originally posted in her blog "Humans 4 Humanities"
On May 4th, 2010, in the realm of an art auction, numbers flew about and darted back and forth like the rapid-moving, metal sphere of a pin-ball machine. Within eight minutes, the game was over and one lucky winner walked away with Pablo Picasso’s painting Nude, Green Leaves and Bust. What was the cost to play this auction game? A stunning amount of $106.5 million dollars. How long did Picasso spend creating this painting, which he began in 1932? Only one day. It is hard to believe that a single day of work could generate such an unprecedented monetary value. If only Picasso could have stuck around to see his painting become a piece of history as well as an object that holds a larger value than the salaries of both Oprah Winfrey ($82 million) and Steven Spielberg ($100 million) [Forbes 2014]. How is it possible for a single painting, painted in a single day, to be worth so much!?
One reason stems from art standing as an illustrative depiction of culture from a set period of time. Rather than being a purely economic trade, some people willingly to drop over a million dollars on one painting aim to display a refined cultural standing. It is also a tossup as to whether or not the buyer is buying it for the bragging rights of the price-tag or for the artistic meaning of the painting. Honestly, it would be nice to believe that all buy a painting for the actual artistic value rather than the monetary value. But, does this mean that less expensive art, even original pieces of art that sell for $20, are less valuable? How should we measure the value of art?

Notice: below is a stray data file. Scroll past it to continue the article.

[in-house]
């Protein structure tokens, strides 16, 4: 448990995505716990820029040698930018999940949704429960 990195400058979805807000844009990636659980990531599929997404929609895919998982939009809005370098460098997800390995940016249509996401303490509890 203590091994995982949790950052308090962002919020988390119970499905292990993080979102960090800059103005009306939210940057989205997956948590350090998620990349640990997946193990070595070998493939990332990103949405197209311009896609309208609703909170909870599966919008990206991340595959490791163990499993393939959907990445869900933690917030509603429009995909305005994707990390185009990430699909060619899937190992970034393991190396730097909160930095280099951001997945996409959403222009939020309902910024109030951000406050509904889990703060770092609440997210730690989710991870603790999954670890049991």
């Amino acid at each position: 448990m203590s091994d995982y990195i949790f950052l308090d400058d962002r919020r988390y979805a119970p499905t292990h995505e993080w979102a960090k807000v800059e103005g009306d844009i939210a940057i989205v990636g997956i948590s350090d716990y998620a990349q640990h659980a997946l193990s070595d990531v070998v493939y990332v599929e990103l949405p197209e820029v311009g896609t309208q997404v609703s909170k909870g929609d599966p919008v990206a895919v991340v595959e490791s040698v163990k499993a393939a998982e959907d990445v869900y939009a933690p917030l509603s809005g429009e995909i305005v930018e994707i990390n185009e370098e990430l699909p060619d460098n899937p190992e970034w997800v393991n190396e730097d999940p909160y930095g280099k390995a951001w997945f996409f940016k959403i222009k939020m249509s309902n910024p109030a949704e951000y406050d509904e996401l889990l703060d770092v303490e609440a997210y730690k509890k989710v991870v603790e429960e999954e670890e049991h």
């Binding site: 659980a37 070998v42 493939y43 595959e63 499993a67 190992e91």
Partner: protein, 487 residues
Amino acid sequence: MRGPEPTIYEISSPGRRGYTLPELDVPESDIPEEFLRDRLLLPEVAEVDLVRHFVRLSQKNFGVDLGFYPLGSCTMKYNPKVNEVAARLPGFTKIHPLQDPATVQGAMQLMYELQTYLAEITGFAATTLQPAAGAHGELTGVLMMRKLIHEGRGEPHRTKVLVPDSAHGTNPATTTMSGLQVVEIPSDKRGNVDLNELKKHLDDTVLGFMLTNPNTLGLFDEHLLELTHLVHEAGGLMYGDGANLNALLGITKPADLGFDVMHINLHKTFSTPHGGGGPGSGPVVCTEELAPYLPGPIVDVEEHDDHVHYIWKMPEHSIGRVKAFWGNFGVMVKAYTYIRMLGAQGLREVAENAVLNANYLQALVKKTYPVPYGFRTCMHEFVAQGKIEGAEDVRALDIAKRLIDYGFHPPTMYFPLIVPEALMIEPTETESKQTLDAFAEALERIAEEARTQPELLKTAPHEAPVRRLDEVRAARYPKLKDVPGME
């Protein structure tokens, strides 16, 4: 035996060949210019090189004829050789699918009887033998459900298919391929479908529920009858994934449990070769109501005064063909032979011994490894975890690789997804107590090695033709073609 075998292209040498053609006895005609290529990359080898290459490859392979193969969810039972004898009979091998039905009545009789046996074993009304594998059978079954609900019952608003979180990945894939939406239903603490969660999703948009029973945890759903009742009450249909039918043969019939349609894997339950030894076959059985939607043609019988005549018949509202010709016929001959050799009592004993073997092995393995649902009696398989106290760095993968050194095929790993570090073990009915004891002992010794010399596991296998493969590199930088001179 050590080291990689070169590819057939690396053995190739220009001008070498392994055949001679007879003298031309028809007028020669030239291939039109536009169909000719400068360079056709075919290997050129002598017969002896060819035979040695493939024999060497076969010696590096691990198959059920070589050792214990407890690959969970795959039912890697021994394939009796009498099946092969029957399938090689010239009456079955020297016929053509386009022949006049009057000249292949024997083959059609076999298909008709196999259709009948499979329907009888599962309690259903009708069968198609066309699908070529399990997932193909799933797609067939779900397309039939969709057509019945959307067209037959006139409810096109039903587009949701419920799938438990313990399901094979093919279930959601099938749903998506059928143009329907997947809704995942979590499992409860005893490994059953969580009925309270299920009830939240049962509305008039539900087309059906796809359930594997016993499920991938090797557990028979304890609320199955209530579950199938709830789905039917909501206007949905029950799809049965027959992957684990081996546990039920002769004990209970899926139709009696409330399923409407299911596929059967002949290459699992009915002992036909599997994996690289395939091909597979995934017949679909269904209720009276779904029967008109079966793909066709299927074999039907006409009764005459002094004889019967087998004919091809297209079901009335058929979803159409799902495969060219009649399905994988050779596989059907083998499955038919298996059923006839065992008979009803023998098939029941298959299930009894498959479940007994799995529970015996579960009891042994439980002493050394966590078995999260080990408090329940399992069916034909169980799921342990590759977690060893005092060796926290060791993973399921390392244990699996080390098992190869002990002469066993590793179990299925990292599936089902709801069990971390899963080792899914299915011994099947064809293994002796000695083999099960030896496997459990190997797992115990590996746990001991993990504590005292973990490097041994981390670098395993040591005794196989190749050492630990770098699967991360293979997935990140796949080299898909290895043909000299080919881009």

Despite the cost that a painting may sell for, any piece of art, as well as its artist, is capable of having an impact on a buyer. The true value of art rests in the eyes of its beholder and the card can be looked at from both ways. On one side, the artist may be the one to see the largest value in his or her painting; on the other side, the buyer or observer may value the painting more. The value of art stems from how the painting speaks to the observer. Each painting embodies a piece of the artist. Paintings illustrate and bring life to the emotions, thoughts, opinions, personalities, and even personal life stories that the artist metaphorically underscores with the strokes of a paint brush. When these undernotes to the painting match those of the observer, a true attachment to the painting forms as the observer, too, feels a personal connection to both the artist and the painting. When a painting uncovers a new or perhaps hidden aspect to our inner minds and beliefs, we encounter the enthralling moment when our own personal value for a painting transcends the price tag’s value on it.
So next time you look at a painting, one that is two dollars, twenty dollars, one thousand dollars, or even one that is solely on display as a student’s project, do not be compelled to judge its worth based on the price tag or the grade on it; these are only societal values set by others who may view the image differently than you do. Instead, value it based on the significance that it speaks to you personally. Your interpretation may not match what the artist intended, but then again that is the beauty of art. There is no right or wrong way to value and appreciate a piece of art, as long as that value stems from your own interpretation and connection to what you see and feel.
Have any thoughts tumbling about the brain? Leave a comment and express how you value art!